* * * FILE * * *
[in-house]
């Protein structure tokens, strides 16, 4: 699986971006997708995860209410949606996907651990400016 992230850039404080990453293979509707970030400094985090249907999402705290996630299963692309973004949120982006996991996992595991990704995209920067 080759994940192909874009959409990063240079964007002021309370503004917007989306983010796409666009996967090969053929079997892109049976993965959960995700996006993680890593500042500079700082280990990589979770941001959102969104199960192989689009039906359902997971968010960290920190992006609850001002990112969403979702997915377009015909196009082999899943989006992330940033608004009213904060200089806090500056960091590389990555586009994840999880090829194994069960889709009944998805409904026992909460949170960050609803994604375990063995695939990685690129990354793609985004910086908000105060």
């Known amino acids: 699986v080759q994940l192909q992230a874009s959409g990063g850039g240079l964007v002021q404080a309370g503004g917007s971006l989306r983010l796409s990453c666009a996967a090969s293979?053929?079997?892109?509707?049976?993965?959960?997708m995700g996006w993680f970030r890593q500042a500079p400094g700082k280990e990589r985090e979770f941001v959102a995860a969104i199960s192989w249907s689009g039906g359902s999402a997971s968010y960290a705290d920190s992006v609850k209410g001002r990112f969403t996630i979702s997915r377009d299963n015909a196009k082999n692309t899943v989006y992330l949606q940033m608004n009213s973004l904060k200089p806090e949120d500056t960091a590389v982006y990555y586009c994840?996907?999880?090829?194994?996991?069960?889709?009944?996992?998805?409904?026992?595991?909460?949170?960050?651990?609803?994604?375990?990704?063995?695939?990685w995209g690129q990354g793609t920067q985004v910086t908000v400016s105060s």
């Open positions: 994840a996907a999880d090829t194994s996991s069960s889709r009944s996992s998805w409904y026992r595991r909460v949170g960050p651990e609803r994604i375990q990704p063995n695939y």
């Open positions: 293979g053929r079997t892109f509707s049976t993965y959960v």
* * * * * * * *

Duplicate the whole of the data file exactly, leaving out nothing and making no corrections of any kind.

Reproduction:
[in-house]
């Protein structure tokens, strides 16, 4: 699986971006997708995860209410949606996907651990400016 992230850039404080990453293979509707970030400094985090249907999402705290996630299963692309973004949120982006996991996992595991990704995209920067 080759994940192909874009959409990063240079964007002021309370503004917007989306983010796409666009996967090969053929079997892109049976993965959960995700996006993680890593500042500079700082280990990589979770941001959102969104199960192989689009039906359902997971968010960290920190992006609850001002990112969403979702997915377009015909196009082999899943989006992330940033608004009213904060200089806090500056960091590389990555586009994840999880090829194994069960889709009944998805409904026992909460949170960050609803994604375990063995695939990685690129990354793609985004910086908000105060």
């Known amino acids: 699986v080759q994940l192909q992230a874009s959409g990063g850039g240079l964007v002021q404080a309370g503004g917007s971006l989306r983010l796409s990453c666009a996967a090969s293979?053929?079997?892109?509707?049976?993965?959960?997708m995700g996006w993680f970030r890593q500042a500079p400094g700082k280990e990589r985090e979770f941001v959102a995860a969104i199960s192989w249907s689009g039906g359902s999402a997971s968010y960290a705290d920190s992006v609850k209410g001002r990112f969403t996630i979702s997915r377009d299963n015909a196009k082999n692309t899943v989006y992330l949606q940033m608004n009213s973004l904060k200089p806090e949120d500056t960091a590389v982006y990555y586009c994840?996907?999880?090829?194994?996991?069960?889709?009944?996992?998805?409904?026992?595991?909460?949170?960050?651990?609803?994604?375990?990704?063995?695939?990685w995209g690129q990354g793609t920067q985004v910086t908000v400016s105060s």
């Open positions: 994840a996907a999880d090829t194994s996991s069960s889709r009944s996992s998805w409904y026992r595991r909460v949170g960050p651990e609803r994604i375990q990704p063995n695939y």
């Open positions: 293979g053929r079997t892109f509707s049976t993965y959960v």